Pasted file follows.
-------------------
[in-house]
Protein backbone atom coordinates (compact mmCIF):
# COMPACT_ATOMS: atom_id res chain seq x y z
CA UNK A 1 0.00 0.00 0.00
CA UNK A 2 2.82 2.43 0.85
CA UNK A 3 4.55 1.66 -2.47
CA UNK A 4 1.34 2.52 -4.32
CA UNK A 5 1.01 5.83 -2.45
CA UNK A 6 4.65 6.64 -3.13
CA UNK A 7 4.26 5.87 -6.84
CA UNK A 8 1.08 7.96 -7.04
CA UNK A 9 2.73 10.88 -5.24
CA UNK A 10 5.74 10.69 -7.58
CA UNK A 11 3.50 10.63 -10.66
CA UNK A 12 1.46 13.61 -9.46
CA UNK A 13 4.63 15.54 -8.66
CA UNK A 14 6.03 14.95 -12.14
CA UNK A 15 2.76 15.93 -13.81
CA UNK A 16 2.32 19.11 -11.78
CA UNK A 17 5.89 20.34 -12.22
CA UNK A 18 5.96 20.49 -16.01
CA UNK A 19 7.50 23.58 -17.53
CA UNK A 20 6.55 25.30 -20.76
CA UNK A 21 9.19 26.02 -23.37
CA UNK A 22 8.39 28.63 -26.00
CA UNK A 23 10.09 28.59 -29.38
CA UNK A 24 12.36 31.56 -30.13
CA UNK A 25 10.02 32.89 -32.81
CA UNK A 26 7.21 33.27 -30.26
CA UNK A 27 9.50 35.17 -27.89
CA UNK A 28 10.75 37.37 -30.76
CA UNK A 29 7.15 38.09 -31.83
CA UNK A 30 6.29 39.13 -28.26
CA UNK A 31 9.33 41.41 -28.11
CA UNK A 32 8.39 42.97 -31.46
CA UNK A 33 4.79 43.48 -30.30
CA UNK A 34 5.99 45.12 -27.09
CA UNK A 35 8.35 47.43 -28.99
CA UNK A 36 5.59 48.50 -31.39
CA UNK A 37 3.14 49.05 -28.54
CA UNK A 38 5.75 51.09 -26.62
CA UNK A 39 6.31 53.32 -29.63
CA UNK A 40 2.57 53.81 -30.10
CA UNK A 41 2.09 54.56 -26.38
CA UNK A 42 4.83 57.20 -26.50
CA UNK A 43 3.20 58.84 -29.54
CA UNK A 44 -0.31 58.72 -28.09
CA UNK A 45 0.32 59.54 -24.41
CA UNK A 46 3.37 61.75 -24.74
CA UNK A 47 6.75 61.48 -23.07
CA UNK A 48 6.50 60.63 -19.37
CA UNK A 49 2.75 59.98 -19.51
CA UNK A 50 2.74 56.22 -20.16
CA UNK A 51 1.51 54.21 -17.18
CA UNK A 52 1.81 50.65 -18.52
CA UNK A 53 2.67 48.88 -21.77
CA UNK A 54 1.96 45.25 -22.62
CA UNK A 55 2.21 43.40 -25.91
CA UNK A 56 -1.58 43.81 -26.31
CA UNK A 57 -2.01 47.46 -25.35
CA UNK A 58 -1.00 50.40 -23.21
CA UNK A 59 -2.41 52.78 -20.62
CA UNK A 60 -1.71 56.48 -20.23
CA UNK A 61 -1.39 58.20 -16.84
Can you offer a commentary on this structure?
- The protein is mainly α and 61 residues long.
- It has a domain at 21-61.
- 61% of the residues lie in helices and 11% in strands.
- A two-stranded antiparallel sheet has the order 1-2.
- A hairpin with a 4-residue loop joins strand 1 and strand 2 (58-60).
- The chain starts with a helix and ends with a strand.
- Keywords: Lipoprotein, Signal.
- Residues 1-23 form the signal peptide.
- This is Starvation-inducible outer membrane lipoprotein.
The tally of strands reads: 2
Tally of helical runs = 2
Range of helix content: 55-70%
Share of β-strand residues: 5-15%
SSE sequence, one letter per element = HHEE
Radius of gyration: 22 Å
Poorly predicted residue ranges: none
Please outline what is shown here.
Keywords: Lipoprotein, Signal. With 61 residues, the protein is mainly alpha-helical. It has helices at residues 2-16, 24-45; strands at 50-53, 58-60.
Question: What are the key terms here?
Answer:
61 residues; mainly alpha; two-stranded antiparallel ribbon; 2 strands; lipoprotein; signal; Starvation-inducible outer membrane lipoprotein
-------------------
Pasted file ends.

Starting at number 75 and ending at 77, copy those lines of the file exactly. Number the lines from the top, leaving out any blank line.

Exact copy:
The tally of strands reads: 2
Tally of helical runs = 2
Range of helix content: 55-70%